Learning Web App Development
Learning Web App Development

Author: Semmy Purewal
Publisher:  O'Reilly
Pages: 306 
ISBN: 978-1449370190
Print: 1449370195
Kindle: B00IFMZW94
Audience: Beginners
Rating: 2 
Reviewer: Ian Elliot 
Web Apps are still a hot topic and it is hard to find out how to best create them.

What you actually mean by a web app is vital to this book being what you expect it to be. The problem is that web app can mean an app that runs on a mobile device and then you need to consider if you should power up Cordoba or one of the many frameworks that make it easier. Even if you think that a web app is just an app that runs in a browser, you might very well start off from a framework designed to create single page apps. This isn't what the book is about. 

This book is essentially about using HTML, CSS and JavaScript to create a website. The only real thing that is "appy" about it is that it uses JavaScript. 

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The book starts off with some advice on how to setup a workflow and it is very traditional - Sublime Text, Emacs and Git feature prominently. To be honest, if you can master Git you probably don't need the spoonfeeding that is about to come.

Chapter 2 is a dummy's guide to HTML. If you have never encountered HTML before this is at the right level, but it quickly gets into complexities that would best be left till later. Chapter 3 introduces you to CSS and Chapter 4 introduces JavaScript in the same simple way. There isn't enough information in any of these chapters to get you from complete beginner to anything other than a complete beginner wondering what just hit them.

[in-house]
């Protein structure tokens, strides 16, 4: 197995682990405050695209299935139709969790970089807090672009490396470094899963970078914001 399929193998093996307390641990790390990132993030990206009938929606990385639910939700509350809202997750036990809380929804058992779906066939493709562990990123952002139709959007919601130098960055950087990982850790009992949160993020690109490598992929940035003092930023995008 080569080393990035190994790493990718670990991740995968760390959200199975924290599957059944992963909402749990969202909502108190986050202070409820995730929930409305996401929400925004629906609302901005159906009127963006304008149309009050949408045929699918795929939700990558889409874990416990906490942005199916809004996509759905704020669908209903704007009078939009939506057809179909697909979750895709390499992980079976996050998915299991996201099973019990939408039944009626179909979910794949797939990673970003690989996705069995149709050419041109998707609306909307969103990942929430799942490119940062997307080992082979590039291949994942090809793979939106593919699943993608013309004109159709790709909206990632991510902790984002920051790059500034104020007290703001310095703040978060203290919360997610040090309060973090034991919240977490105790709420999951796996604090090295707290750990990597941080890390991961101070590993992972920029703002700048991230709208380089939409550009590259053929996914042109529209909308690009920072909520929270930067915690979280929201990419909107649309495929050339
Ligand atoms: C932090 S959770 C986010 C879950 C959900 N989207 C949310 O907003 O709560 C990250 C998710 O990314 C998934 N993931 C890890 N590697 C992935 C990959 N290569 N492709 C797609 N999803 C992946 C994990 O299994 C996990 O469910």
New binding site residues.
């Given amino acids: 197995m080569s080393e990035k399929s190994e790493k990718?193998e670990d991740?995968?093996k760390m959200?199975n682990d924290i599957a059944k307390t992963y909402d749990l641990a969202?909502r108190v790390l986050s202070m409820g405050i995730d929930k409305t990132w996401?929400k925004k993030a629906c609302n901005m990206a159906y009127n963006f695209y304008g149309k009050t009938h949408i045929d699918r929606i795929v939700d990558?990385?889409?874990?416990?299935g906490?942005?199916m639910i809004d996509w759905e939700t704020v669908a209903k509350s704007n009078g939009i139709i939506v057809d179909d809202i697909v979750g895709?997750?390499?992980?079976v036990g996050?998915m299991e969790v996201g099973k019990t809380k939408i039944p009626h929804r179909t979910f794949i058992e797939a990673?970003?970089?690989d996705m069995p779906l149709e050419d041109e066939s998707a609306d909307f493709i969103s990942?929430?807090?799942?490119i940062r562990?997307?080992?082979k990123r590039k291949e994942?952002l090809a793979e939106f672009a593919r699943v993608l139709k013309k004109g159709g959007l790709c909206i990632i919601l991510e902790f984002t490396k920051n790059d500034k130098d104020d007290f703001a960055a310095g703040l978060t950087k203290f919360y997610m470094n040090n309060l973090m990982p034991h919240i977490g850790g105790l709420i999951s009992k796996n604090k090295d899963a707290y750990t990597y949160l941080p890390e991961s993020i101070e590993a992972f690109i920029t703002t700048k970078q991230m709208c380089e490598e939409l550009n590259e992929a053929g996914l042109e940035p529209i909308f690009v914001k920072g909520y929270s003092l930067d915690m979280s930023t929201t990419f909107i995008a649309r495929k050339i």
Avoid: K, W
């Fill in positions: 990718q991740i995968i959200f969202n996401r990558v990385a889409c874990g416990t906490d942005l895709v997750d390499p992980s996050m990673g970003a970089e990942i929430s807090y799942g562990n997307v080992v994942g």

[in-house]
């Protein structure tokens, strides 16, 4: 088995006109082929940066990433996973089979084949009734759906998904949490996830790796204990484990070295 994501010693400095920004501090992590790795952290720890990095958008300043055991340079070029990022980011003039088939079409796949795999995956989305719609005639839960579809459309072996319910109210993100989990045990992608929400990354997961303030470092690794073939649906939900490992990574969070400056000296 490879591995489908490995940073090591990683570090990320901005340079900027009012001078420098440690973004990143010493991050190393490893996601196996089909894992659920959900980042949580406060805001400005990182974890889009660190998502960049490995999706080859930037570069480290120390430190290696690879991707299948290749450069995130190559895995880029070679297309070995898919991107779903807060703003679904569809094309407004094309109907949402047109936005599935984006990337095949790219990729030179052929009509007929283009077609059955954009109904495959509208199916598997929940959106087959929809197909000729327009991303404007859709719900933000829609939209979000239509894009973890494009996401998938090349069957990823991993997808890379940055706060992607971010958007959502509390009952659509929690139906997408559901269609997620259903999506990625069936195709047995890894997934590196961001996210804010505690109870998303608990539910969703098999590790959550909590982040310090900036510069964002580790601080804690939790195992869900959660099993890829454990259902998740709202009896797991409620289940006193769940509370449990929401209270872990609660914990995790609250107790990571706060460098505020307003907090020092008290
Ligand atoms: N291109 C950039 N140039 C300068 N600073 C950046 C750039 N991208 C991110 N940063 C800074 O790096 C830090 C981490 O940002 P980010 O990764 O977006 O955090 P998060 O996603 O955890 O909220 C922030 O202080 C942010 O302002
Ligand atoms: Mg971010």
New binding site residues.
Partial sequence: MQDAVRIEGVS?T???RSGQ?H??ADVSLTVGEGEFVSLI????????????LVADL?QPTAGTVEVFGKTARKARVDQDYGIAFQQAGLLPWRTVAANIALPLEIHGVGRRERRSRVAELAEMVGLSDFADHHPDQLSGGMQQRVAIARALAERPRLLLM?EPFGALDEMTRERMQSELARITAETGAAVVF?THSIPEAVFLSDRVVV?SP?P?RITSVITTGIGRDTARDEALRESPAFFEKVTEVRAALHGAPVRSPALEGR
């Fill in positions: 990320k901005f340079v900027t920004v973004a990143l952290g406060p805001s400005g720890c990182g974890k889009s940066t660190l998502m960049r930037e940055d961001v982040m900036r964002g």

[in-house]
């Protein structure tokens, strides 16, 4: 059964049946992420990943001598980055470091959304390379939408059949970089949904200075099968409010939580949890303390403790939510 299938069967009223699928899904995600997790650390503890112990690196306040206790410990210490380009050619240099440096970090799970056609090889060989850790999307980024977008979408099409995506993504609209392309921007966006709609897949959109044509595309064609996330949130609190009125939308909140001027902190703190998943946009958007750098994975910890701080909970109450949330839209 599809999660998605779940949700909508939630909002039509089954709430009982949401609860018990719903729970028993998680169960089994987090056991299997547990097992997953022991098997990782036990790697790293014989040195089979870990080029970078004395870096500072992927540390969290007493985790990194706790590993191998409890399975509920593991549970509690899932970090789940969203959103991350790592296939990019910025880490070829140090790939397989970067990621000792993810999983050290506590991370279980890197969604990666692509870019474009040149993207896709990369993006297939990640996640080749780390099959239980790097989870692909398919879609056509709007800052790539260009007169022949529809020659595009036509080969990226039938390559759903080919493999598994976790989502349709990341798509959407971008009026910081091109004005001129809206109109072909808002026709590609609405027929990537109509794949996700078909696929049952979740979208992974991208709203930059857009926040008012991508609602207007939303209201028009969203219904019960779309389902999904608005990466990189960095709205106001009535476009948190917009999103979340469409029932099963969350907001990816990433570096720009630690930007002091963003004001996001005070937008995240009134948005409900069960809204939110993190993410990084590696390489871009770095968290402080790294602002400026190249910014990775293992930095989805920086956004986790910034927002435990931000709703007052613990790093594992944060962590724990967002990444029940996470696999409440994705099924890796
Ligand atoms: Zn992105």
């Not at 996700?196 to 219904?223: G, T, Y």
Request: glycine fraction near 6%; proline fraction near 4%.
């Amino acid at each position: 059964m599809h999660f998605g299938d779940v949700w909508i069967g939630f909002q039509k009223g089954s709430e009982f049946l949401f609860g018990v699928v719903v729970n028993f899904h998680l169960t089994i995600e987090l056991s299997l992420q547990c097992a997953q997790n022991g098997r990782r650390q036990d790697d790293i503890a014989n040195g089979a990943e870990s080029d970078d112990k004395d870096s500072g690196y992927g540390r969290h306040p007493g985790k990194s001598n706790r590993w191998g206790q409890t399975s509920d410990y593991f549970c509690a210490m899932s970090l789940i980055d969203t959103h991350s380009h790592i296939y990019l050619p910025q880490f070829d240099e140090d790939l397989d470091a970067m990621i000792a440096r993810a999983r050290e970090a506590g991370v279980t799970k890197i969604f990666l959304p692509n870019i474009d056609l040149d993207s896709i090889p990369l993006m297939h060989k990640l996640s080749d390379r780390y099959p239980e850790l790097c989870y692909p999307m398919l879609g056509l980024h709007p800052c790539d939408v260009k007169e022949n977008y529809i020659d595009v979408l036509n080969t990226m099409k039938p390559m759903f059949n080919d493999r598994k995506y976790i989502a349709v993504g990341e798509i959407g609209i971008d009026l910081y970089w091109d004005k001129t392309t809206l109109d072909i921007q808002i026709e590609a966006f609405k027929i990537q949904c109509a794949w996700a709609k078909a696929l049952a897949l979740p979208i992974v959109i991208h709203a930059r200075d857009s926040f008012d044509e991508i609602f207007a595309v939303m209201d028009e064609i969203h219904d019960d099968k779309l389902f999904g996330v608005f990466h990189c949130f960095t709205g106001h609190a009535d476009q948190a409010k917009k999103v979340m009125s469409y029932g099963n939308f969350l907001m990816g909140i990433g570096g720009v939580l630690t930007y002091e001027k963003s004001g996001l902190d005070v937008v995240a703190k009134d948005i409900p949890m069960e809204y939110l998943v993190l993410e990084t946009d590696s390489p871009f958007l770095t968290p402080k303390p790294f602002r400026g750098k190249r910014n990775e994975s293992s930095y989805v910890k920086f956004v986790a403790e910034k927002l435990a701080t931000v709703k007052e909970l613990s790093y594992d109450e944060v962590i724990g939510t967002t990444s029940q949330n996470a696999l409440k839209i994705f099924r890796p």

From this point the book dives into topics vaguely related to writing web pages that include some JavaScript. Chapter 5 introduces JavaScript objects, JSON and Ajax. Chapter 6 is about setting up a server including using Virtual Box and Vagrant and then goes into HTTP, Node and Express. Chapter 7 is about SQL v no-SQL, but no-SQL simply wins with sections on Redis and MongoDB. 

With only two chapters left to go, the subject of creating a web app has hardly been scratched but Chapter 8 goes into detail about CloudFoundry and how to use it to create an app. Chapter 9 brings the book to a close with a look at a range of general topics - refactoring and handling Ajax errors.

The big problem with this book is that it doesn't have a clear idea what a web app is. It doesn't focus on the problems of creating single page apps and it certainly doesn't venture into the field of creating web-based games or even adventurous user interfaces. It also starts each topic with a very beginner-oriented approach in its tone and attitude, but then moves on so quickly that any beginner is sure to be left behind.

This book isn't going to teach you how to write web apps. To learn to write web apps you first need to master HTML/CSS and JavaScript and you need a book or books that help you learn this. Only after you have these technologies mastered can you start to study a book on web apps. This particular book doesn't assume that you know the basics - and it is far too short to teach you them in any meaningful way. 

 

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Introducing Microsoft SQL Server 2016

Author: Stacia Varga et al
Publisher: Microsoft Press
Pages: 476 (215 as PDF)
Kindle: B01IPIUTQI
Audience: DBAs, devs, architects
Rating: 4.8
Reviewer: Ian Stirk

This free eBook aims to introduce you to the salient new and enhanced features in SQL Server 2016, how does it fare?



Introducing SQL Server

Author: Mike McQuillan
Publisher: Apress
Pages: 388
ISBN: 978-1484214206
Print: 148421420X
Kindle: B0142D693W

Audience: Database developers
Rating: 4.0
Reviewer: Ian Stirk 

  

This book aims to get the newcomer started in SQL Server development, how does it fare?& [ ... ]


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Last Updated ( Wednesday, 19 April 2017 )
 
 

   
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